Three Crowns

Maciej Obara Quartet

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The half-Polish, half-Norwegian quartet led by fiery alto saxophonist Maciej Obara is gaining ground as one of the most exciting groups on the contemporary jazz scene.   Both the band and its ECM debut Unloved were awarded the Fryderyk Prize in Poland in 2018, and early in 2019 the Obara Quartet   also took first place at the BMW Jazz Awards in Munich. Now comes the quartet’s second ECM album Three Crowns (named for the Trzy Korony mountains in Southern Poland). Its programme is comprised of six new pieces by Maciej and two free arrangements of compositions by Henryk Górecki (1933-2010). The Obara Quartet launches the album with a major concert at the NOSPR Concert Hall in Górecki’s hometown Katowice, and follows up with a tour with dates in Poland, France, Austria and Germany.
Das halb polnische, halb norwegische Quartett unter der Leitung des temperamentvollen Altsaxophonisten Maciej Obara gewinnt derzeit als eine der spannendsten Gruppen der zeitgenössischen Jazzszene stetig an Bedeutung.  Sowohl die Band als auch ihr ECM-Debüt Unloved’ wurden 2018 in Polen mit dem Fryderyk-Preis ausgezeichnet, Anfang 2019 belegte das Obara Quartett auch den ersten Platz bei den BMW Jazz Awards in München.
Jetzt erscheint  mit Three Crows (benannt nach den Trzy Korony-Bergen in Südpolen) das zweite ECM-Album des Quartetts. Das Programm umfasst sechs neue Stücke von Maciej und zwei freie Bearbeitungen von Kompositionen Henryk Góreckis (1933-2010). Das Obara Quartett begeht das Erscheinen des Albums mit einem großen Konzert in der NOSPR Concert Hall in Góreckis Heimatstadt Katowice und einer Tournee mit Terminen in Polen, Frankreich, Österreich und Deutschland.
Featured Artists Recorded

March 2019, Studios La Buissonne, Pernes les Fontaines

  • 1Three Pieces in Old Style: Piece I
    (Henryk Górecki)
    05:40
  • 2Blue Skies for Andy
    (Maciej Obara)
    09:21
  • 3Smoggy People
    (Maciej Obara)
    06:55
  • 4Little Requiem for a Polish Girl: Tranquillo
    (Henryk Górecki)
    09:17
  • 5Vang Church
    (Maciej Obara)
    06:26
  • 6Three Crowns
    (Maciej Obara)
    07:13
  • 7Glow
    (Maciej Obara)
    07:34
  • 8Mr. S
    (Maciej Obara)
    09:57
Den reißenden Strom seiner Improvisationsmusik mit seinen vielen Untiefen, Verengungen und Kaskaden hat Obara nun gleichsam durch Staustufen gebändigt und die aufbrausenden Wellen geglättet.  Wie unter einem Mikroskop lassens ich nun viele Details erkennen und analysieren, die zuvor vorbeigerauscht sind: dass Wania beispielsweise seinem Bandleader wagemutig bis in die entlegensten Winkel des harmonischen Raums folgt – vice versa; oder dass Vågan und NIlssen auch gerade dadurch das rhythmische Fundament unter Spannung setzen, weil sie die Dynamik ganz herunterschrauben. Eine Klasse für sich!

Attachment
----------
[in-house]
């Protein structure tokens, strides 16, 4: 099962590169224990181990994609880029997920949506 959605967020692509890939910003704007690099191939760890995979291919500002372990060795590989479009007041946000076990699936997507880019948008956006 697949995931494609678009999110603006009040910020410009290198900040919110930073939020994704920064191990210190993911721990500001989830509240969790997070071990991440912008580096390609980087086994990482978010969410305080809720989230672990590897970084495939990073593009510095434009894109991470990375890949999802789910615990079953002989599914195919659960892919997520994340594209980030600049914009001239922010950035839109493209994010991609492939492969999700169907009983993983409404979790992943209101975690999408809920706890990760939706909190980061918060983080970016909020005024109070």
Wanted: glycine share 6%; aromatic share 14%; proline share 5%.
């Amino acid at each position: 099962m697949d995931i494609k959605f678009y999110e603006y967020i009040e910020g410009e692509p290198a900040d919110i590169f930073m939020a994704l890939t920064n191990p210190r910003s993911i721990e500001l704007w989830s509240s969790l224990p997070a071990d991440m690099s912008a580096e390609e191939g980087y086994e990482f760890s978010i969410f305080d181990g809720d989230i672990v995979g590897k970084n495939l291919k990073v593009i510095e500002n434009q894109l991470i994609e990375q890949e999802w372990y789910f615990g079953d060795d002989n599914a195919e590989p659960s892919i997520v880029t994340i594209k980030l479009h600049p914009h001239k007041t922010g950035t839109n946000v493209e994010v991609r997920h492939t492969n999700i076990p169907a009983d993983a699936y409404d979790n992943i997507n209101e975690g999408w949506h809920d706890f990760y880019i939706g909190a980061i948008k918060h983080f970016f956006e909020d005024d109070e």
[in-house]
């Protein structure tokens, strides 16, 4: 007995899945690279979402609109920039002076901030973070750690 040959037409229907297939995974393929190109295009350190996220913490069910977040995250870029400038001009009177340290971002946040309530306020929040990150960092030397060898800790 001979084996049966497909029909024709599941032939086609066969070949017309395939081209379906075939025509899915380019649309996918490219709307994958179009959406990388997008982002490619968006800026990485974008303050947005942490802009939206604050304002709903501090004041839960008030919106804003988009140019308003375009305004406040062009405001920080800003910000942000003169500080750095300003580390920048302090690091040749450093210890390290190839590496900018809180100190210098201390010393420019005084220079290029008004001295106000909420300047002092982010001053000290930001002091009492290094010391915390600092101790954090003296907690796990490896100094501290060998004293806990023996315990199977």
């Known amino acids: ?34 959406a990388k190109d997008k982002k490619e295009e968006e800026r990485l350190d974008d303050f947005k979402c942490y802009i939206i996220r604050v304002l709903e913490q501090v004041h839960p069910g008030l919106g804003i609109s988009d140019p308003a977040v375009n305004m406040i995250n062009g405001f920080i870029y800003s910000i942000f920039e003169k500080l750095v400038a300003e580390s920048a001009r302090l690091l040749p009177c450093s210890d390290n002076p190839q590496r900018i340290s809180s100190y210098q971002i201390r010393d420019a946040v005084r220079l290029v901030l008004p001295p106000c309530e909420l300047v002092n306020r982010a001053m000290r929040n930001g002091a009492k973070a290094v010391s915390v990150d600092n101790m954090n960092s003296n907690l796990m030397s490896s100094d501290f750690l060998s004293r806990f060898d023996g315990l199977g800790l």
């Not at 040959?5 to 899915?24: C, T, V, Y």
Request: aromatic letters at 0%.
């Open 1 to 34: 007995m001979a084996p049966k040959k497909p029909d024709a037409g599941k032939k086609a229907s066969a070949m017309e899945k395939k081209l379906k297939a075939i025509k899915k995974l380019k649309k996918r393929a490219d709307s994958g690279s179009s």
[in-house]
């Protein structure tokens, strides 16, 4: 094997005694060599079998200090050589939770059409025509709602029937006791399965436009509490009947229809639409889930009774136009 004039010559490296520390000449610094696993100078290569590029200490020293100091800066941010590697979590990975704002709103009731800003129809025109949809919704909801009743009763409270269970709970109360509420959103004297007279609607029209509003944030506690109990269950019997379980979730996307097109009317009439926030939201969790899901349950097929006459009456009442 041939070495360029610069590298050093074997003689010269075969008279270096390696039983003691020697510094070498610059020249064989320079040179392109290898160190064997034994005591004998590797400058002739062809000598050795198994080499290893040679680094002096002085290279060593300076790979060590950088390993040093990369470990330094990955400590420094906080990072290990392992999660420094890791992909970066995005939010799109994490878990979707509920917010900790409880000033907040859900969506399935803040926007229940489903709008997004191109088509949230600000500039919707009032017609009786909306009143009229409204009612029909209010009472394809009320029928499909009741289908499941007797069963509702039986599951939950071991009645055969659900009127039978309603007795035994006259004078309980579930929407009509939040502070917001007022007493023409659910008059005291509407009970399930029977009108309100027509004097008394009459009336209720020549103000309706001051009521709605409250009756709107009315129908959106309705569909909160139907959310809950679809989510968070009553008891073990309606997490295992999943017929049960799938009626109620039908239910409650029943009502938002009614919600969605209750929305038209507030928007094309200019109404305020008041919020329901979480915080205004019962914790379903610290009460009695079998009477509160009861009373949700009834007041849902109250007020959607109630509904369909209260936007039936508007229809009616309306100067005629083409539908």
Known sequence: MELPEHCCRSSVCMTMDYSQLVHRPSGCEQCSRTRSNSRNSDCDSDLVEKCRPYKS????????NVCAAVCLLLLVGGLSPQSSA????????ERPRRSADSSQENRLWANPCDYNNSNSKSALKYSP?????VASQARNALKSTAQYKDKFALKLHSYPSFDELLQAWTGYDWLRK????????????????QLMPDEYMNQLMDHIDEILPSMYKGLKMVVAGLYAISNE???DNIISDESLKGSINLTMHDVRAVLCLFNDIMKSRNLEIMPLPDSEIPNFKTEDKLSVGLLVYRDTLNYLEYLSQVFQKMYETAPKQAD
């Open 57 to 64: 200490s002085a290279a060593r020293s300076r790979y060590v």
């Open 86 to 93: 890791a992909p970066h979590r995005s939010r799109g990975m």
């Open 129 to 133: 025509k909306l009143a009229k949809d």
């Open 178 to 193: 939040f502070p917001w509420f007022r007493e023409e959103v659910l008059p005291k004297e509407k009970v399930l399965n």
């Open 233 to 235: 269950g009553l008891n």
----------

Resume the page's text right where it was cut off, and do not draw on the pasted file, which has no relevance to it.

Martin Laurentius, Jazzthing
 
Obara legt den zwischen sechs und zehn Minuten langen Stücken zwar klare Strukturen und starke Melodien zugrunde, lässt sich selber und den kongenialen Kollegen aber viel Raum, diese mit individuellen Fähigkeiten, kreativen Ideen und solistischen Highlights aufzuladen und somit auf ein neues musikalisches Level zu heben. Die kraftvoll-expressiven und beseelt balladesken Altsaxophonimprovisationen korrespondieren auf wundervolle Weise mit den ausdrucksstarken und oftmals auf anziehende Weise versonnen wirkenden Soundlandschaften des Pianisten Dominik Wania […] Dass das exzellente norwegische Rhythmus-Gespann mit dem das musikalische Geschehen erdenden, manchmal aber auch zum Überfliegen einladenden Ole Morten Vågan am Kontrabass und dem gleichermaßen explosiv wie sensibel agierenden Gard Nilssen an den Drums über weite Strecken völlig gleichberechtigt mit Obara und Wania agiert, ist keine große Überraschung, verblüffend ist dennoch, mit wieviel Verve und Einfallsreichtum sie ganz besondere Akzente zu setzen verstehen. Mit diesem Album setzt das Quartett seinem bisherigen Schaffen nicht nur eine, sondern gleich drei Kronen auf. Ein intensives Vergnügen, das mit jedem Durchlauf neuerlich wächst.
Peter Füßl, Kultur
 
Obara, Jahrgang 1981, ist ein großer, ebenso lyrischer wie expressiver Melodiker, dessen herzausreissende Saxofonlinien durch seinen Alto-Cry fast schmerzlich ins Ohr schneiden. Im Kontrast zur subtilen, introspektiven Nachdenklichkeit von Wanias Piano, zur knisternd inspirierten Beweglichkeit der beiden weiteren Partner, der Norweger Ole Morten Vågan am Kontrabass und Gard Nilssen am Schlagzeug, ergibt das eine ebenso schwebende wie kraftvolle Musik von hoher Spannung. […] Melancholie meint jedenfalls in keinem Moment von Obaras Album pathetische oder sentimentale Abdankungsstimmung. Sie schliesst gelegentlich unvorhersehbare Ausbrüche und verspielte Spässe keineswegs aus und ist doch der Grundton dieser Musik.
Peter Rüedi, Weltwoche
 
The first Górecki interpretation, ‘Three Pieces In Old Style’, is so beautifully re-imagined that it sounds as if it’s emanating from another world. Pianist Dominik Wania opens in a deeply respectful mood, allowing Obara’s incisive tone to keen overhead, while bassist Ole Moreten Vågan and drummer Gard Nilssen roam a rain-kissed landscape below. […] Obara’s bandmates grow in real time, though nowhere so maturely as on ‘Mr. S’, an homage to trumpeter Tomasz Stánko that rolls in and on a wave of melancholy and sunshine in equal measure. Like the title track, it’s flexible and always attached to something pure and knowable. There is no mystery here. Only life.